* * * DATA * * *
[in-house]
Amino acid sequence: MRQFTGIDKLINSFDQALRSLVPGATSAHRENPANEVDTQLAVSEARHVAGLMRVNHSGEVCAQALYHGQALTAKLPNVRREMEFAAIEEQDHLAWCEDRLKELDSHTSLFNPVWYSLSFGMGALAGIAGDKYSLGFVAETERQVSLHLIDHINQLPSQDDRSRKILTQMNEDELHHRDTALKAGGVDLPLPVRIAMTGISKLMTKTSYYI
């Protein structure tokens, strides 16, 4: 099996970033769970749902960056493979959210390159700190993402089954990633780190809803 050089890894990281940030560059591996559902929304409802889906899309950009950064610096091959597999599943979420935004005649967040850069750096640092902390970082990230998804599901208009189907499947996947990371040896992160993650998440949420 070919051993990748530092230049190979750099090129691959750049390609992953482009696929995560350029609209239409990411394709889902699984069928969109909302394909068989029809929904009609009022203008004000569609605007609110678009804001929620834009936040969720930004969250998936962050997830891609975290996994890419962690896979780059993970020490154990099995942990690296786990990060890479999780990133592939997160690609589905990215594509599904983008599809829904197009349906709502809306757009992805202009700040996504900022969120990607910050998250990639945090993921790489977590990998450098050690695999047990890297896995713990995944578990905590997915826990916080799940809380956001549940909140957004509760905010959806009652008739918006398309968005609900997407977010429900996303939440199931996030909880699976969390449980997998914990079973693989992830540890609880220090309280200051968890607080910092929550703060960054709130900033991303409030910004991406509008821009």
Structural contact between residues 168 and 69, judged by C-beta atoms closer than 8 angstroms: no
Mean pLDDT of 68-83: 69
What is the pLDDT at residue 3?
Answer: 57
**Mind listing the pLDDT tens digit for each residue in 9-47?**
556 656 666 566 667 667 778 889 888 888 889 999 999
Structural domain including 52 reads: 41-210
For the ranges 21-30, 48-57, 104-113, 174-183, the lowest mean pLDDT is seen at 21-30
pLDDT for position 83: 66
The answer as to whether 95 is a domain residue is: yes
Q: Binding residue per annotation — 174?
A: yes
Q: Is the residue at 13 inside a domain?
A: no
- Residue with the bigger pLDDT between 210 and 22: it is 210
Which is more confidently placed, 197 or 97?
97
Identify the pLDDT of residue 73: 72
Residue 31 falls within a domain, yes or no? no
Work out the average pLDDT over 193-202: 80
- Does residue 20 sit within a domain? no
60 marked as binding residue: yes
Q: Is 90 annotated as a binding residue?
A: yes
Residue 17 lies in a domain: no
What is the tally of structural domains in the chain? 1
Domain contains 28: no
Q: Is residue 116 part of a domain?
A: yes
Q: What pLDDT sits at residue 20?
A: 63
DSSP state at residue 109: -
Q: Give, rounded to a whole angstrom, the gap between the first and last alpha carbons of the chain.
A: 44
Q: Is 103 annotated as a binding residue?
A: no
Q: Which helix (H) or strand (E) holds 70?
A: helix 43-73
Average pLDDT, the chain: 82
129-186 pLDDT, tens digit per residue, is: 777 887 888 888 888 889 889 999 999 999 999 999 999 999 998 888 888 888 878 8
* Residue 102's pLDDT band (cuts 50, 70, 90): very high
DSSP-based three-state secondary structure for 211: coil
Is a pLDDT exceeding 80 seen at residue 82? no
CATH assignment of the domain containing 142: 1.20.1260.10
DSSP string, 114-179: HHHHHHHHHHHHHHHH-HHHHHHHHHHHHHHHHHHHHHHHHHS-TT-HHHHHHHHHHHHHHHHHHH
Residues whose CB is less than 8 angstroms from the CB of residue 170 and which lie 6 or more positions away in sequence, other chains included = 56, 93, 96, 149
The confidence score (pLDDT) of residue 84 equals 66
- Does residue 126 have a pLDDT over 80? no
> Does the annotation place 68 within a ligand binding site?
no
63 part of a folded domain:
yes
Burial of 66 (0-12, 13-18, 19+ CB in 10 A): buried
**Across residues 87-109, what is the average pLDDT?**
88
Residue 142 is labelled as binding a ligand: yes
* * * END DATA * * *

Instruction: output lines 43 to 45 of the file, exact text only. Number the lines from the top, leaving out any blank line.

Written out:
129-186 pLDDT, tens digit per residue, is: 777 887 888 888 888 889 889 999 999 999 999 999 999 999 998 888 888 888 878 8
* Residue 102's pLDDT band (cuts 50, 70, 90): very high
DSSP-based three-state secondary structure for 211: coil